As made famous by Nassim Taleb, the “Black Swan” is certainly on the A-list of celebrity status when it comes to forecasting.

By way of recap, a Black Swan event is so rare that the possibility of its occurring is unknown.

At the same time, its occurrence is both catastrophic and generative, as sure as night follows day, of a rush of hindsight specialists incorrectly explaining how predictable its occurrence actually was.

Now sure the Black Swan may be the Tom Cruise of the field.  But there is also another forecasting animal out there that gets far less attention but is perhaps even more important as far as the water sector is concerned.

Continuing the celebrity theme, think Rooney Mara, Sam Rockwell, or Mads Mikkelsen… none really A-listers but look them up and you will see quite how effective they all are – and that, in forecasting speak, is your gray rhino.

 

Black Swan

Rhino drinking

But what is a “Gray Rhino”?

Well looking to Michele Wucker this time, a Gray Rhino is a highly probably high-impact event.  What’s more the farther away it is, the greater the options and the lower the cost of dealing with it. 

But here’s the catch.  Most of the time the existence of a gray rhino event on the horizon is denied or minimized.

Once it is recognised, there is then typically a period of muddling along followed by some pretty intense blaming and panic…  and then, depending on the steps already taken, comes the finale of action or trampling.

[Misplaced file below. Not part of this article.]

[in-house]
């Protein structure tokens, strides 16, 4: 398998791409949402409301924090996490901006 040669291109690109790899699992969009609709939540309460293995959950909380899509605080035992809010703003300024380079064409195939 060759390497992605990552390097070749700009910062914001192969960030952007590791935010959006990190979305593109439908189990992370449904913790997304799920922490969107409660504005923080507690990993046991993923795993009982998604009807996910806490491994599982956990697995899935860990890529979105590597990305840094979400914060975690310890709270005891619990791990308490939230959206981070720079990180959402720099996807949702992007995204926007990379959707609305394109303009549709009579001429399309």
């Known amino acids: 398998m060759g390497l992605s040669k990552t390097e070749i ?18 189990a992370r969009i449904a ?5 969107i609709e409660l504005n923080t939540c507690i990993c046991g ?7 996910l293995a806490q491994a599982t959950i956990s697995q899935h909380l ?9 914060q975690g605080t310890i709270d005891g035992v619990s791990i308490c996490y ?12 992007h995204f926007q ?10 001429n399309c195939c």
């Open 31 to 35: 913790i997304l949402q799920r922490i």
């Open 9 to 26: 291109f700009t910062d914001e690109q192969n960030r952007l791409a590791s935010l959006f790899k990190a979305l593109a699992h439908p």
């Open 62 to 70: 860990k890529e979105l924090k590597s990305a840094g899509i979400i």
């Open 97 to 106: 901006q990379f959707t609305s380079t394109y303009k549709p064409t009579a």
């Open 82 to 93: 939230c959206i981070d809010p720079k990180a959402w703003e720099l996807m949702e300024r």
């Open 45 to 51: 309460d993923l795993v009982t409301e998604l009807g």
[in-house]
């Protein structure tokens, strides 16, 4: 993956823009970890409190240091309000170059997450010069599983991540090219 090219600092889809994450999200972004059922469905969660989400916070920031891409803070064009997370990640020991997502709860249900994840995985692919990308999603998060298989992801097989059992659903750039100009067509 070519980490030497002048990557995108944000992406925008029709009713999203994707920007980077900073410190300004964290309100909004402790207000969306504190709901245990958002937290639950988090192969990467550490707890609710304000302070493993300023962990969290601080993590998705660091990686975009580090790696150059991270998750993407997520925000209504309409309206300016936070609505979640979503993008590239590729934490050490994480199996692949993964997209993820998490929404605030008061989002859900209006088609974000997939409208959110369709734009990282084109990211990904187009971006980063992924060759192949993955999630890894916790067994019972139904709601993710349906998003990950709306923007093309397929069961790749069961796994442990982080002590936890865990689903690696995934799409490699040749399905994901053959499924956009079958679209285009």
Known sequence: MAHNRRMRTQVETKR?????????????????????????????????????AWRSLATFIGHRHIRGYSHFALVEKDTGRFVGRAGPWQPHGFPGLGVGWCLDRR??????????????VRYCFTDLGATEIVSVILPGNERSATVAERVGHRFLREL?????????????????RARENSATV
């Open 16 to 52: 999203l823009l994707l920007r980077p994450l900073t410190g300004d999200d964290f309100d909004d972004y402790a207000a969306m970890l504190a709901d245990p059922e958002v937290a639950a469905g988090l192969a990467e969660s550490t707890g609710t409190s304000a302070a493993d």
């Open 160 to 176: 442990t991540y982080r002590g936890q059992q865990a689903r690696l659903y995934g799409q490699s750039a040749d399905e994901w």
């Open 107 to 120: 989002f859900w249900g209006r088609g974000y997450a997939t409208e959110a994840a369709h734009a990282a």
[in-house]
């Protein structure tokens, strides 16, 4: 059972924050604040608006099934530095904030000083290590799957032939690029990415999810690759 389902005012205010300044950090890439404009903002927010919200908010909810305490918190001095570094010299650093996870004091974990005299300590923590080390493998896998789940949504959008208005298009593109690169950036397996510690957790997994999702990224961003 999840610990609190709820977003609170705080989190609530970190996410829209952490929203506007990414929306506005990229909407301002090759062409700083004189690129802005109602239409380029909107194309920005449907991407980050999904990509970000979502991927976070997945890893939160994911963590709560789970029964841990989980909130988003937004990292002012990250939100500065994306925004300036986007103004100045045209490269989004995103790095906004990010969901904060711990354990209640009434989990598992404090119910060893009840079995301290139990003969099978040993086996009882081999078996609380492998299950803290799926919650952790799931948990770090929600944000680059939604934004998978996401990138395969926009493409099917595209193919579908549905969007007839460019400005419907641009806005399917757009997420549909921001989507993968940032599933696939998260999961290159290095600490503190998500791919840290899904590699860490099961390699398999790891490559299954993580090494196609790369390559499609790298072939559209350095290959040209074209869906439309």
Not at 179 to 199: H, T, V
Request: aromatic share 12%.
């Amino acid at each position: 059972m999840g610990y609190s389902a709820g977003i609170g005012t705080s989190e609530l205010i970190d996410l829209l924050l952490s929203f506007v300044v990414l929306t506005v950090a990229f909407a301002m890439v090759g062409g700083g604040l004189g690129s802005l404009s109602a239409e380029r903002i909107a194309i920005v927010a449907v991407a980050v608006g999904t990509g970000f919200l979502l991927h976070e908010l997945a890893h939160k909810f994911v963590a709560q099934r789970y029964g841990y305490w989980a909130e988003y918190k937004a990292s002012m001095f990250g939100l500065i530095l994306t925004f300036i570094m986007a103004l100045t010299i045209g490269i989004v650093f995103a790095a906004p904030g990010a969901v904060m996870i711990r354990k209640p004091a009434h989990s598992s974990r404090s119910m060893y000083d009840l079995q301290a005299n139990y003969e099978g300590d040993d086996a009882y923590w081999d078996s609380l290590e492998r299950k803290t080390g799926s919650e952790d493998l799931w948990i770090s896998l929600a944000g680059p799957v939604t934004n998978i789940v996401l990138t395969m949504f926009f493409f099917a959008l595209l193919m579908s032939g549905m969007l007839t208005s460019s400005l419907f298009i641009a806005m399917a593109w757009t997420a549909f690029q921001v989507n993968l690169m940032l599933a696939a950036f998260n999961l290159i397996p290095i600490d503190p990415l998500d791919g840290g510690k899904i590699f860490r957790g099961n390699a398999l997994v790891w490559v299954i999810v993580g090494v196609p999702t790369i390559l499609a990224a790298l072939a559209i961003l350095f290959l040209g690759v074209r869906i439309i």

From the smoker who will not quit, to the pre-Katrina FEMA 2005 disaster plan for a Category 3 hurricane hitting New Orleans.

From the printer telling you for weeks it is running low on ink to the 2004 FBI report warning of widespread fraud in the mortgage market.

The Gray Rhino is what ought to be an obvious threat and yet…

Which brings us back to the water sector…

On June 14, Barclays analysts identified water scarcity as:

“the most important environmental concern for the global consumer staples sector”

Its recent Economist Intelligence Unit report on “Reimagining Urban Water Systems” meanwhile states that 44 countries face either “extremely high” or “high” water-stress levels.

And we are not talking just African and Middle East nations either.  The USA, the UK, Spain, China, India and Australia are all in the “high” club.

 

drought image

rhino running

And not forgetting the impact of COVID-19, the American Society of Civil Engineers’ report cards, changing weather patterns, urbanisation…. the challenges are identified and clear but the gray rhino has already broken into a trot.

But the Economist Intelligence Report is also absolutely clear that:

“The water crisis can be averted…. These issues can be tackled through active maintenance, prompt repair, more robust materials and data analytics”. 

Just look to Singapore with its drive for water self-sufficiency, to Brazil and Kenya for controls on urban water-well drilling and the potential for customer-centric usage reduction solutions realising savings of 19.6%.

The collective term for rhinos is a “crash”.

Reports aplenty have confirmed the gray rhinos are out there and coming our way.

Here’s hoping we end up with action rather than trampling.

James Dunning, CEO Syrinix

 

References

CNBC. (n.d.). CNBC News. Retrieved from https://www.cnbc.com/world/?region=world. Taleb, N. (2007). The Black Swan. The Economist Intelligence Unit. (2021). Reimagining Urban Water Systems. Wucker, M. (2016). The Gray Rhino

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